Budapest NNGA & LMU
2014
Client: City of Budapest
Status: Competition  
Size: 30,650m²/ 306,500ft²
Location: Budapest, Hungary

The New National Gallery and Ludwig Museum [NNGA & LMU] Building stems from a paradox presented by the competition brief: the problematic need to partially integrate two distinct cultural institutions within a single building so they can coexist independently from each other and yet interrelate with each other. Both conceptually and physically, the building is a composite mass of two distinct, discrete and adjacent volumes which leaning against each other engenders a larger and irreducible whole. The partial separation between these volumes is most evident at ground level, where a passage cuts entirely across the building. Aligned with the proposed promenade along the historical axis from the great meadow, this passage becomes a civic gathering space, a covered esplanade for the public and the access route per excellence for visitors approaching NNGA & LMU from the park or city side.

Our proposal aims to both seemingly integrate and drastically distinguish itself within its context. As a result, the building mass is both autonomous and contextual. The project comprises four vertically tapered hyperbolic shapes. Like truncated pyramids, these forms disrupt the otherwise horizontal volume of the NNGA & LMU building generating a distinctive iconic presence in the park. Much like the medieval castles in City Park, the building mass is both imposing and sublime. Unlike its neoclassical counterparts, the new proposal is also socially engaging by being permeable at ground level and pedestrian friendly.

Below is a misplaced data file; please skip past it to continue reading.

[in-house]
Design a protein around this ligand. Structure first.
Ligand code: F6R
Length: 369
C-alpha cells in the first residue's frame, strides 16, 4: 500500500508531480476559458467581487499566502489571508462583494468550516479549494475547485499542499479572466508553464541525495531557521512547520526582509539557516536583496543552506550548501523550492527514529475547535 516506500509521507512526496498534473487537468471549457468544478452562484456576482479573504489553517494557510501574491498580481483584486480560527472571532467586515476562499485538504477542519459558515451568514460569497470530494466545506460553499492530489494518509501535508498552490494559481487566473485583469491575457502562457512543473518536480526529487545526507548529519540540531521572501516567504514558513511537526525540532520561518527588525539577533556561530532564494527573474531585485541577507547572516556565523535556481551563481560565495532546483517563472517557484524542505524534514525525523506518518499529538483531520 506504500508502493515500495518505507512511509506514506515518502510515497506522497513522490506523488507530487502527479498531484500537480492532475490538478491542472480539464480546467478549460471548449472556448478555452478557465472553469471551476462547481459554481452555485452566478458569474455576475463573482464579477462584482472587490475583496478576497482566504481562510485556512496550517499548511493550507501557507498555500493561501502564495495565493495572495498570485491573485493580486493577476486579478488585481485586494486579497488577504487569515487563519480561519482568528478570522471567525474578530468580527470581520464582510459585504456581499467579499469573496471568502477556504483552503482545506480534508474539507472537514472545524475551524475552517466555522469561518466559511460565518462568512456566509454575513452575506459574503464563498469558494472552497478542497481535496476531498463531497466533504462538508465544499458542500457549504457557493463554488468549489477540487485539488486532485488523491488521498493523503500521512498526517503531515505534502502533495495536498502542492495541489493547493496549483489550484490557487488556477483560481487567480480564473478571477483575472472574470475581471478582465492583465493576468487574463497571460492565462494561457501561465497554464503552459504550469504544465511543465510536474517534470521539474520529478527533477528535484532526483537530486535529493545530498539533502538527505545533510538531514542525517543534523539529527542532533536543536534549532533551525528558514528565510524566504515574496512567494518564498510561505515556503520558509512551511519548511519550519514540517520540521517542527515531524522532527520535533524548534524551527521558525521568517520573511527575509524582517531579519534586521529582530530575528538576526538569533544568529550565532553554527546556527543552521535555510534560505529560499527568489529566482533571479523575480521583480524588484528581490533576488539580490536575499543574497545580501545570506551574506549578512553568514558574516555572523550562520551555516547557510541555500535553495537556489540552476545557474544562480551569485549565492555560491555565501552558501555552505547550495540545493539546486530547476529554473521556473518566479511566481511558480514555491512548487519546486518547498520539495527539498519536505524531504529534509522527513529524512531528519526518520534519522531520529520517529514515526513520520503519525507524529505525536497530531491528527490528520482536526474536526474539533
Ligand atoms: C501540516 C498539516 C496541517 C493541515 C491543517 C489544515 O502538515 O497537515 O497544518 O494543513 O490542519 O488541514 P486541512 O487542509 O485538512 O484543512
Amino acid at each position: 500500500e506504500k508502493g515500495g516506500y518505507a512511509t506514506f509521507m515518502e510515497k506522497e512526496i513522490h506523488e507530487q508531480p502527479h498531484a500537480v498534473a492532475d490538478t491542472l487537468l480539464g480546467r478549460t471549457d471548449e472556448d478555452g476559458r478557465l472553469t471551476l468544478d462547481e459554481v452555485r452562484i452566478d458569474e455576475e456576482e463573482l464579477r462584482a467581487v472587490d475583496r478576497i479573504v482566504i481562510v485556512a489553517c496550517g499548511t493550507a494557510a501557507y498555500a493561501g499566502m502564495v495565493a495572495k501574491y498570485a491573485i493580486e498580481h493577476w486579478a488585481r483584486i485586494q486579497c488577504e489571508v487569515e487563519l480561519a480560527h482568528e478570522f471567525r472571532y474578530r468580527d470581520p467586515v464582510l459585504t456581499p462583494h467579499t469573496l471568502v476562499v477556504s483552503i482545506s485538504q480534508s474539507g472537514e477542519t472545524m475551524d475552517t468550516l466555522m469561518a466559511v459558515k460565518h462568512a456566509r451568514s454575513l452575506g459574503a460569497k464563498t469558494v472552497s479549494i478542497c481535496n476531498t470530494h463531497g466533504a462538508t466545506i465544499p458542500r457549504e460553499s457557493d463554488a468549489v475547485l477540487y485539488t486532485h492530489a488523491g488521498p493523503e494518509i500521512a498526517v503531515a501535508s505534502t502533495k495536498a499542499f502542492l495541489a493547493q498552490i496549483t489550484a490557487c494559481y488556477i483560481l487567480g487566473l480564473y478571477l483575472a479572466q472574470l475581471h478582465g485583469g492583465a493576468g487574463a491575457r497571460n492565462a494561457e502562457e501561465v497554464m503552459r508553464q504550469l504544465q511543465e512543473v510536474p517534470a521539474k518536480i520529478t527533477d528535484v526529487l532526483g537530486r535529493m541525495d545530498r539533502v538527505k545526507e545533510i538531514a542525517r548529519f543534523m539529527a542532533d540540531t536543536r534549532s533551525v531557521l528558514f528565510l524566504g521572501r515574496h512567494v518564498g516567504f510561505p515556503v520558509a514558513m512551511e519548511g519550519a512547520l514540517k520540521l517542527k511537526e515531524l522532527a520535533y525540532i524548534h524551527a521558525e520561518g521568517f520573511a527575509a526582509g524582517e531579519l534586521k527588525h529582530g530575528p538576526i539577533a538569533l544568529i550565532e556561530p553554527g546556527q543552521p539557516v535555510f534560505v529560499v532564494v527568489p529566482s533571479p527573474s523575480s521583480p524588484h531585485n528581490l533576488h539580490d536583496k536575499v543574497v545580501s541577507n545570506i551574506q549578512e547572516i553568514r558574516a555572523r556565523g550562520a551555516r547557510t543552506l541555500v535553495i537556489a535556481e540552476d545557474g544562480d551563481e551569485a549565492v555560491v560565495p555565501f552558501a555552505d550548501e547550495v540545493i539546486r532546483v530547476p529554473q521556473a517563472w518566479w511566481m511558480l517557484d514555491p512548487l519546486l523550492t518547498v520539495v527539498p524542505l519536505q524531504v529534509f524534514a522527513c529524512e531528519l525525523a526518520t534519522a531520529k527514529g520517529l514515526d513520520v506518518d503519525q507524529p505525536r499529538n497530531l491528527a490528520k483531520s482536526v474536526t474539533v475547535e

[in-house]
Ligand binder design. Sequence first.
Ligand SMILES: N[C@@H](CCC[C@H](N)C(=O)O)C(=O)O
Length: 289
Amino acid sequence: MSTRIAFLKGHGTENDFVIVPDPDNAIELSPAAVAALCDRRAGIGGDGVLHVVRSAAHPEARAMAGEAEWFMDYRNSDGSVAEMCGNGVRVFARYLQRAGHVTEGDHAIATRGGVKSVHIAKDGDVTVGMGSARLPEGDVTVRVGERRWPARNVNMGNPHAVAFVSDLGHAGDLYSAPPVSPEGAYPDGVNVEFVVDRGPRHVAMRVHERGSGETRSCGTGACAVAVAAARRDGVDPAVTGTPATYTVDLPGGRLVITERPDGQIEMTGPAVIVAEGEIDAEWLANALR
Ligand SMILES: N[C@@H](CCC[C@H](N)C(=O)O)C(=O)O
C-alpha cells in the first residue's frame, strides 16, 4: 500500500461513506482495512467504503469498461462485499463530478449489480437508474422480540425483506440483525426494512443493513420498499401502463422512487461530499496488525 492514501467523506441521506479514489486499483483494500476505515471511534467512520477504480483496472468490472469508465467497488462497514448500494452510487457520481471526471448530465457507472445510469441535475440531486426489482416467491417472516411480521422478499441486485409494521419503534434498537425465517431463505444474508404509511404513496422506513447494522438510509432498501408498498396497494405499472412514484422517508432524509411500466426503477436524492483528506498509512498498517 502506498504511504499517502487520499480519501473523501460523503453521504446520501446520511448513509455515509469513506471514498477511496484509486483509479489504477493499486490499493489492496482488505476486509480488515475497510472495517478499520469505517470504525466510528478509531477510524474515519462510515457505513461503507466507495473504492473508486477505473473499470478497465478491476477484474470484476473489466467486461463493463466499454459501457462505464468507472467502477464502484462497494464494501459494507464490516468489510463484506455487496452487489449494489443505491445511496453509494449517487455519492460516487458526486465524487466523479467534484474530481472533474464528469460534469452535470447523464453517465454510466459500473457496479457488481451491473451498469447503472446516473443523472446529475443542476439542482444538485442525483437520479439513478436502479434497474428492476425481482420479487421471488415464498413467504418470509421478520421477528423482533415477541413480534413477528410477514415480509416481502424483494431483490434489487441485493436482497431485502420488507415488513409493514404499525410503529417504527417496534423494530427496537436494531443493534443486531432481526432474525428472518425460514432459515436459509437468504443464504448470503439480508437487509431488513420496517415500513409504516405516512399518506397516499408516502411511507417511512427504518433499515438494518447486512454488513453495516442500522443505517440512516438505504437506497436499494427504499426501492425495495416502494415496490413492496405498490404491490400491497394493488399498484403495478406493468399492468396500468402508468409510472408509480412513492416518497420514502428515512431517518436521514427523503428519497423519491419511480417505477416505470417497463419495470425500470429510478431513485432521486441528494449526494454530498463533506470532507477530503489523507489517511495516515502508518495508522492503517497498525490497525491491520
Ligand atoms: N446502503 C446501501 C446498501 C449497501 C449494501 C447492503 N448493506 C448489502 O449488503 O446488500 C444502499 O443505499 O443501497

The surfaces are articulated with an abstract dazzle pattern, which is projected in most of the building following the main public promenade across the City Park. The pixelated gradient nature of the texture intensifies towards the main entry passage where the two building volumes connect, enhancing visual experience and facilitating entrance. Being both graphically pleasing and materially quiet in its expression, the building appears at the same time iconic and mute, idiosyncratic and timeless. Because of its size as the largest cultural institution and its strategic position along the axis, the NNGA & LMU can play the role it deserves: that of an urban catalyst, becoming a substantial artistic hub within a metropolitan network of existing and new civic buildings in City Park and Budapest at large.




Team:
Marcelo Spina
Georgina Huljich
Sophie Lauriault
Alex Blugerman
Henry Yang


Consultants;
Greg Otto (Walter P. Moore)
Transsolar




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